Report: Warum Gollum scheitern MUSSTE [ENG SUB] | GAME TWO #307

Described by Kotaku as “2023’s worst game,” Gollum did not exactly release to a fanfare. Currently sitting on an absolutely brutal Metascore of 34, it’s unquestionable that something went wrong. Game Two set out to find out what, speaking to 32 former and current Daedalic employees, and found grim times.

Following a string of expensive flops in the always-tiny adventure market, former employees told Game Two that a culture of crunch became the norm at the studio, causing a lot of burn-out, especially for younger workers. At least one person speaking to camera says that they were offered less than minimum wage when extending their contract. Extraordinarily, Game Two shows an email allegedly from COO Stephan Harms that states the company may no longer pay for overtime, and that it’s “a completely normal and common parameter in our industry,” adding, “crunch times are the norm.” Daedalic denied to Game Two that overtime wasn’t compensated.

The other large issue that was raised was the management style of CEO Carsten Fichtelmann and COO Stephan Harms. Daedalic refuted the claims that the work environment was unpleasant, saying it was a “friendly” place to work, but multiple sources—some on camera—stated that Fichtelmann especially was often angry and reduced employees to tears.

Read More: Review: 2023’s Worst Game, Gollum, Has Entered The Chat

Daedalic staff reported feeling much more positive when it came to be development of Gollum. There was a lot of internal enthusiasm for the world of Tolkien, and it was a huge scoop for a small German studio, giving the company aspirations of international success.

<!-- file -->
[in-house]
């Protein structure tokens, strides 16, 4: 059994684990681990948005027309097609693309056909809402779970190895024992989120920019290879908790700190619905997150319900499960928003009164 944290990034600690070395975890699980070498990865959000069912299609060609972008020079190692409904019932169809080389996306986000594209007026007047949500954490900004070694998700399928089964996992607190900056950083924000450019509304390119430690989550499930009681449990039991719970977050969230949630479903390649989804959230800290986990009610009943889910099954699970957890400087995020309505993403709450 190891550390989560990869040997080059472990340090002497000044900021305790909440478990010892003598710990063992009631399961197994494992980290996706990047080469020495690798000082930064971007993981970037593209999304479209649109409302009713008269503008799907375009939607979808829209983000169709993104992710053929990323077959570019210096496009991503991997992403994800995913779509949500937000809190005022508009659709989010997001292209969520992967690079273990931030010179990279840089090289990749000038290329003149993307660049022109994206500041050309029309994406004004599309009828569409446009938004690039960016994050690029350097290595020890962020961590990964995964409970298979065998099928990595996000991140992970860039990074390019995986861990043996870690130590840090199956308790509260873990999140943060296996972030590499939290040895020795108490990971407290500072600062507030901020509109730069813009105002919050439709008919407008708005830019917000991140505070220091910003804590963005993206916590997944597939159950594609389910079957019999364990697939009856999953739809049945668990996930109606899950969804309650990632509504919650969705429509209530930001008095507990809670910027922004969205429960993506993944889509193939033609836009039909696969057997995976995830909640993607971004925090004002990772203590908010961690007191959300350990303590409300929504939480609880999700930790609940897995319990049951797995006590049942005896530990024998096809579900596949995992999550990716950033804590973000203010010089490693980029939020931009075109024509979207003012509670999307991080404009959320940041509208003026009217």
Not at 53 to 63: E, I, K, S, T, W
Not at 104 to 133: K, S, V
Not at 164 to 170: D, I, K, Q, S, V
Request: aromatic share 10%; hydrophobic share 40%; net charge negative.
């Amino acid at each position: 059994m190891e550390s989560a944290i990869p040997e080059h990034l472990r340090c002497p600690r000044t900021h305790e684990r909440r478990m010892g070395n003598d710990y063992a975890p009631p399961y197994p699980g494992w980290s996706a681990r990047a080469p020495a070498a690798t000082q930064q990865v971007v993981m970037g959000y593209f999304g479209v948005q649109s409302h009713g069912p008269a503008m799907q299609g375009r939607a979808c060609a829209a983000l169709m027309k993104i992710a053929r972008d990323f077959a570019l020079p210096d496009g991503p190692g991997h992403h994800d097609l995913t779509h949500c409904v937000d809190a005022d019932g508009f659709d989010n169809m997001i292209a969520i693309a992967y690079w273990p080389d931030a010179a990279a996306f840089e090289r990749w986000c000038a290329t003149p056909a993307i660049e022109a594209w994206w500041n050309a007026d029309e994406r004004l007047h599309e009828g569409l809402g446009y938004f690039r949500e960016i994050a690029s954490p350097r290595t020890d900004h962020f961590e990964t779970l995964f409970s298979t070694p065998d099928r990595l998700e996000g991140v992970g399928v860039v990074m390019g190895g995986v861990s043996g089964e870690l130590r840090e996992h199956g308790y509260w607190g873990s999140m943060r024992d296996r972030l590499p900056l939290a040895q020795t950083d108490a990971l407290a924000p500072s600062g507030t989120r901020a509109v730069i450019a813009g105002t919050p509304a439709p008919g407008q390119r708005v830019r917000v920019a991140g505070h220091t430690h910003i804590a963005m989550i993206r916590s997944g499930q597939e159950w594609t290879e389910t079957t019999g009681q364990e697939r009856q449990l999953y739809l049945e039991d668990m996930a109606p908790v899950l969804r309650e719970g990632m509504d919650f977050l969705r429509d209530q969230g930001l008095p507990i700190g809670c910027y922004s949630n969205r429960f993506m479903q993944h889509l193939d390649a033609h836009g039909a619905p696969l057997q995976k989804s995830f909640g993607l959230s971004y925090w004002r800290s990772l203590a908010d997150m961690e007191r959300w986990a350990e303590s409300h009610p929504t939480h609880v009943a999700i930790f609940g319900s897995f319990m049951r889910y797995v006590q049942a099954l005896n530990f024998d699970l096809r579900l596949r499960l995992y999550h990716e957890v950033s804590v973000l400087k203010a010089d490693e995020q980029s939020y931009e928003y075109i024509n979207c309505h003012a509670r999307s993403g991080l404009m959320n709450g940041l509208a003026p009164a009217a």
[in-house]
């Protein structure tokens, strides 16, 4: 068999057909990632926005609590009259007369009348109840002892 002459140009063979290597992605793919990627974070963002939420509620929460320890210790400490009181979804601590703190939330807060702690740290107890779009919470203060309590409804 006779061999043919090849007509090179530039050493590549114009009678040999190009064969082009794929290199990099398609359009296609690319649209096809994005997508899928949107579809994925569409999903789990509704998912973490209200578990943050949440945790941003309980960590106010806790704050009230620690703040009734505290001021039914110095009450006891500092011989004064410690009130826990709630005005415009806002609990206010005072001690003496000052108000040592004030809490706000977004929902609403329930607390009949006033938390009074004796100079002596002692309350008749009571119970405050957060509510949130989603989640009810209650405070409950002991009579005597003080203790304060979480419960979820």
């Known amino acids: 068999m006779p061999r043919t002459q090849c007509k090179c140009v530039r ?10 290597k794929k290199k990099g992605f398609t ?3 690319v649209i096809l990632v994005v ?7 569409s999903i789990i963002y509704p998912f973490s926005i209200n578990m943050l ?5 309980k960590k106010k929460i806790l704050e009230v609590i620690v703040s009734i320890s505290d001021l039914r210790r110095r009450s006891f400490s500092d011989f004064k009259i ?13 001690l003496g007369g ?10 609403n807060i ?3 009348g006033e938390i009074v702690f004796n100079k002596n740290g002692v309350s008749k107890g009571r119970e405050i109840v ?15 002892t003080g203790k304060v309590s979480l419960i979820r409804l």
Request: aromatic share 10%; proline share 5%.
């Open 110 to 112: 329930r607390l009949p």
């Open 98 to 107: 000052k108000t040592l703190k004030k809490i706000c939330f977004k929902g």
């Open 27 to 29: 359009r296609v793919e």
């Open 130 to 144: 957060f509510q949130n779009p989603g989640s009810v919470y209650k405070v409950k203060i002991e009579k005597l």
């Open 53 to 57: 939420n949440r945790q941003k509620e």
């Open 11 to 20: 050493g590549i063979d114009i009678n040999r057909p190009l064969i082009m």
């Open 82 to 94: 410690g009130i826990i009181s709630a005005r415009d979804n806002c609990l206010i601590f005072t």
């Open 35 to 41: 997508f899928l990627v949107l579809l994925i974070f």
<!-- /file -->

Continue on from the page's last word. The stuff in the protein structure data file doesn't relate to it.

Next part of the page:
With worldwide attention from the gaming press, and a lot of promotional activity, the ambition was in place to develop a AAA game. Except, it seems from this report, it wasn’t matched by hiring a team large enough to achieve it. Current Daedalic owners Bastei Lübbe weren’t prepared to give the studio the extra funding they needed, the game eventually made on a tiny budget of €15 million.

Coming from a background of making story-led adventure games, sources told Game Two that the same approach was taken to Gollum, with the mechanics of how it would actually play coming too late. The team also met significant problems creating a main character that moved on all-fours, which led to a litany of issues. And with limited staff and money, and an internal sense that the game couldn’t be saved, the multiple delays to the game were described by some sources as “damage limitation.”

Terrible in-game trailers were released apparently without the development team’s knowledge, which even Daedalic acknowledged could have been better. However, the report states that staff continued to put in every effort they could—including crunch—to try to rescue the project. Which clearly didn’t work out.

Read More: Lord Of The Rings: Gollum Studio Apologizes For ‘Underwhelming Experience’

Shortly after release, Daedalic seemingly posted an apology to social media, describing Lord of the Rings: Gollum as an “underwhelming experience,” while promising patches. An apology that, rather concerningly, incorrectly spelt the name of the game, while packing in empty aphorisms. It later became clear that the apology wasn’t written by Daedalic, but rather their new owners, publisher Nacon, and published without Daedalic’s approval. But even more extraordinarily, two anonymous sources of Game Two told them that the apology was written by ChatGPT.

We’ve done our best to reach out to Nacon regarding this claim, although the company is very shy about sharing contact information on its website. We’ve also reached out Daedalic to ask for responses to specific claims made in the Game Two report.

Very sadly, the response by Daedalic to the situation was to entirely close down its development division, in order to focus purely on publishing other developers’ games. That saw 25 people lose their jobs.